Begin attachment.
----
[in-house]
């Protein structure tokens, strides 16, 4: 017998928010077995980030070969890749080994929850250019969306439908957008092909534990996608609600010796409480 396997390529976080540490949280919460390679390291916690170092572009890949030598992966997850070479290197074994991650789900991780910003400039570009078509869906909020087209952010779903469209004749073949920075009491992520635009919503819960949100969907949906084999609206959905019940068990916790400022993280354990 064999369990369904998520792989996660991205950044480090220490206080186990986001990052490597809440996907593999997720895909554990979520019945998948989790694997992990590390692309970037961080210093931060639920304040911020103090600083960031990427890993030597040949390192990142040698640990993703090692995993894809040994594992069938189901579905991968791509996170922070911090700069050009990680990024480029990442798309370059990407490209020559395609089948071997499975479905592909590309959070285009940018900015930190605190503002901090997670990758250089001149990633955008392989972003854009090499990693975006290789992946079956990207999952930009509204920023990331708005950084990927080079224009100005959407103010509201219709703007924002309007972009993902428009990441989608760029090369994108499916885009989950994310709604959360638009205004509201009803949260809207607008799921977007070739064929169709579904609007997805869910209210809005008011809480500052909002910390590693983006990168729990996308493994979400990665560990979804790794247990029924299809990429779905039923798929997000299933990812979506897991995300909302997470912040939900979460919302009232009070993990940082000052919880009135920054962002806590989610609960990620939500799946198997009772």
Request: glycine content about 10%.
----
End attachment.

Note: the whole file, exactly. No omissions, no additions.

[in-house]
């Protein structure tokens, strides 16, 4: 017998928010077995980030070969890749080994929850250019969306439908957008092909534990996608609600010796409480 396997390529976080540490949280919460390679390291916690170092572009890949030598992966997850070479290197074994991650789900991780910003400039570009078509869906909020087209952010779903469209004749073949920075009491992520635009919503819960949100969907949906084999609206959905019940068990916790400022993280354990 064999369990369904998520792989996660991205950044480090220490206080186990986001990052490597809440996907593999997720895909554990979520019945998948989790694997992990590390692309970037961080210093931060639920304040911020103090600083960031990427890993030597040949390192990142040698640990993703090692995993894809040994594992069938189901579905991968791509996170922070911090700069050009990680990024480029990442798309370059990407490209020559395609089948071997499975479905592909590309959070285009940018900015930190605190503002901090997670990758250089001149990633955008392989972003854009090499990693975006290789992946079956990207999952930009509204920023990331708005950084990927080079224009100005959407103010509201219709703007924002309007972009993902428009990441989608760029090369994108499916885009989950994310709604959360638009205004509201009803949260809207607008799921977007070739064929169709579904609007997805869910209210809005008011809480500052909002910390590693983006990168729990996308493994979400990665560990979804790794247990029924299809990429779905039923798929997000299933990812979506897991995300909302997470912040939900979460919302009232009070993990940082000052919880009135920054962002806590989610609960990620939500799946198997009772």
Request: glycine content about 10%.